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About us

We are a non-profit organization dedicated to addressing the medical and social impact of epilepsy through the provision of support, resources, and skills to individuals with epilepsy. Our mission is to empower those affected by epilepsy while advocating for their rights, and raising awareness about this condition. With the help of generous donors and passionate volunteers, we strive to create a community where people with epilepsy can thrive and overcome the challenges associated with epilepsy. Together, we are working towards a future where epilepsy is better understood, stigma is eliminated, and people with epilepsy are empowered to be agents of sustainable development.


Bah Blaise

I have been so impressed at how humanly this organization has treated me—very unlike how I have been treated. Volunteers check on me periodically to ensure that I am doing well. The organization put a roof over my head, supported my business and met some of my basic needs through generous donation. Their care and attention has made to understand that epilepsy isn’t a death sentence and there is hope. 

Leinjung Erica

The resources, knowledge and skills that I have acquired through this organization especially during the workshops for women with epilepsy, have given me the tools to better manage my condition and navigate the unique challenges that women with epilepsy face. I am now more confident in advocating for myself and others, and I am inspired to continue spreading awareness and breaking down barriers surrounding epilepsy. Thank you once again for your dedication to empowering women with epilepsy and for making a positive impact in our lives. Your organization has developed in me a sense of empowerment and a renewed sense of purpose.

Courage Vidzengsi

Living with epilepsy as a woman can often be challenging and isolating, but this organization has shown me that I am not alone in my journey. I am a better epilepsy activist because of the support and resources provided by your organization. Through your guidance, I have learned effective strategies to raise awareness, educate others, and advocate for  women with epilepsy. With this newfound knowledge and confidence, I am determined to make a lasting difference in the lives of those affected by this condition.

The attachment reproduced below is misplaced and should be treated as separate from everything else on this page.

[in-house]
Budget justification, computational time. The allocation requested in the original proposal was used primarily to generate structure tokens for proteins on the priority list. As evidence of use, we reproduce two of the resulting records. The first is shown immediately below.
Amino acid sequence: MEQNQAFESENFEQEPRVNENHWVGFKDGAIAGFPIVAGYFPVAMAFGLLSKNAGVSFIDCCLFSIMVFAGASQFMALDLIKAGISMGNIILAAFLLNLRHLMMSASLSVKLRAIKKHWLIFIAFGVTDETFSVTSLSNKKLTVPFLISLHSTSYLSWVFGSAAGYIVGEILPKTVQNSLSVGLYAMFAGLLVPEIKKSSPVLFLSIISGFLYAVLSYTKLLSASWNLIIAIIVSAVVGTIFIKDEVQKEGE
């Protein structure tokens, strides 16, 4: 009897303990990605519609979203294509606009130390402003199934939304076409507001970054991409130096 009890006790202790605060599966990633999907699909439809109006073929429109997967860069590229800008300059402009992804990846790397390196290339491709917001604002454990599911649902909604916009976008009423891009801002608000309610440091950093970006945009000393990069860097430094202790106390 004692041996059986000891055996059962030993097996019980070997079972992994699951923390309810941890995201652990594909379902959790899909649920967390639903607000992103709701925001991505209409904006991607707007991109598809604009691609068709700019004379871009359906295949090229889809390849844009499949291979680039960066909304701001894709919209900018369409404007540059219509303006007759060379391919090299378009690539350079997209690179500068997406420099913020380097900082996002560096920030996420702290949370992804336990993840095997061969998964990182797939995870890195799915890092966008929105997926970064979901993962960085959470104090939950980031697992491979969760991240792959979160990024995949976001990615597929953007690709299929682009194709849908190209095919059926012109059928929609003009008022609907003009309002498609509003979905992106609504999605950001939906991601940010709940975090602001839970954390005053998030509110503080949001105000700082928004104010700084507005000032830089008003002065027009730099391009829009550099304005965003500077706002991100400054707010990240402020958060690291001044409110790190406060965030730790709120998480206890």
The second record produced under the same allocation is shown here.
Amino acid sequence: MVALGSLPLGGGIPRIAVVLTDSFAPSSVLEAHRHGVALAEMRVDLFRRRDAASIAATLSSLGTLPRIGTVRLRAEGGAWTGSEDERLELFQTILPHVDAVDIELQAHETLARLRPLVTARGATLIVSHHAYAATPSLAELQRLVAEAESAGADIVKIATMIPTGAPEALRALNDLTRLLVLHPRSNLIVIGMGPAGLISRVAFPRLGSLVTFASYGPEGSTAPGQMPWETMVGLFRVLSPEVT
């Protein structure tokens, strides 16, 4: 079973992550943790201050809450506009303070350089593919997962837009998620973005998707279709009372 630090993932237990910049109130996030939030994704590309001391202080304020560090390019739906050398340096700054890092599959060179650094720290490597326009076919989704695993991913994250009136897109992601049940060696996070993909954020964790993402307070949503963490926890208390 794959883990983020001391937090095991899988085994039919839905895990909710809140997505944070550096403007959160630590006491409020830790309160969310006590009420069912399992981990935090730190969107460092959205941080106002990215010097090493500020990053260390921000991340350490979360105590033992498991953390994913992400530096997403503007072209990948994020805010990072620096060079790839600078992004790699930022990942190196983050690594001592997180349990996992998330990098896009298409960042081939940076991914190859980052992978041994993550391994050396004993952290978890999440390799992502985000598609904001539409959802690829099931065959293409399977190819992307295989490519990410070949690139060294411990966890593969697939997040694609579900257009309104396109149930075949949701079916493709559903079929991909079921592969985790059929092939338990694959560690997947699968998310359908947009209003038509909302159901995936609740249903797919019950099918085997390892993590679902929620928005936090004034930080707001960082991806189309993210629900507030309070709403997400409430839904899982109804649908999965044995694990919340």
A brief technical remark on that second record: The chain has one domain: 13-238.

Our impact in numbers

Number of People Sensitized across Africa
Persons with epilepsy assisted
Trained epilepsy activists in Africa
Women with epilepsy supported

Frequently asked questions on Epilepsy

What is epilepsy?

Epilepsy is a disorder of the brain characterized by repeated seizures, also known as convulsions or “fainting fits.3. A seizure or convulsion is a sudden change of behavior due to a temporary disruption of the electrical activity of the brain. Normally, the brain continuously generates small amounts of current called impulses in an orderly pattern. These impulses travel along neurons—the network of cells in the brain—to the whole body via chemical messengers called neurotransmitters. The brain uses these impulses to control the activities of the body, such as muscle contraction to allow us to move around, urination, excretion, the production of saliva in our mouth, and the movement of our eyes. When the brain is damaged, the orderly manner of releasing impulses is destroyed, leading to an excessive, random, and synchronized release of impulses that affect the activities of the body. This is what happens in epilepsy: the brain’s electrical activity becomes excessive, resulting in the different manifestations that we see during a convulsion, like excessive muscle contraction, which causes the body of the person to become stiff and then shake abnormally, foaming in the mouth, urination or excretion, etc. The excessive release of electrical energy may affect their consciousness because the brain is responsible for consciousness.

What causes epilepsy?

Anything that can damage the brain and cause it to start releasing electrical energy excessively and randomly can lead to epilepsy. These include:

Head injury or trauma from road accidents, fights, falls from trees or buildings, etc.

Stroke or brain hemorrhage (bleed) A stroke occurs when there is a sudden decrease in the quantity of blood reaching a particular area of the brain or when a blood vessel carrying blood to an area of the brain ruptures, causing bleeding. This can damage the brain and lead to epilepsy. Stroke is the most common cause of epilepsy in old people.

Brain infection or inflammation, like meningitis and cerebral malaria, especially in children, can cause brain abscesses or pus in the brain.

Brain malformations occur when the brain doesn’t form well.

Brain cancer

Damage to a baby’s brain during delivery or from maternal infections during pregnancy.

Brain diseases, like Alzheimer’s disease

Chronic alcohol or use of drugs like cocaine, tramadol, and marijuana

Complications from HIV/AIDS

Genetic abnormalities

Family history: certain genetic abnormalities that cause epilepsy can be transmitted from parents to children, leading to hereditary epilepsy.

It is important to know that the cause of epilepsy is unknown in half of all cases.

What are the signs and symptoms of epilepsy,

The symptoms of epilepsy are seizures, also known as fits or convulsions. These seizures occur when there is a change in the electrical activity in the brain, and there are several types of seizures depending on the part of the brain involved. Seizures can manifest as loss of consciousness (passing out), unusual jerking or shaking movements of one side of the body, urination or excretion, foaming in the mouth, “grinding” of the teeth, as well as other unusual feelings, sensations, and behaviors. There are many different types of seizures. Generalized seizures occur when the excessive release of electrical energy involves the whole brain, so the whole body is affected. Focal seizures involve only part of the brain.

How is epilepsy diagnosed?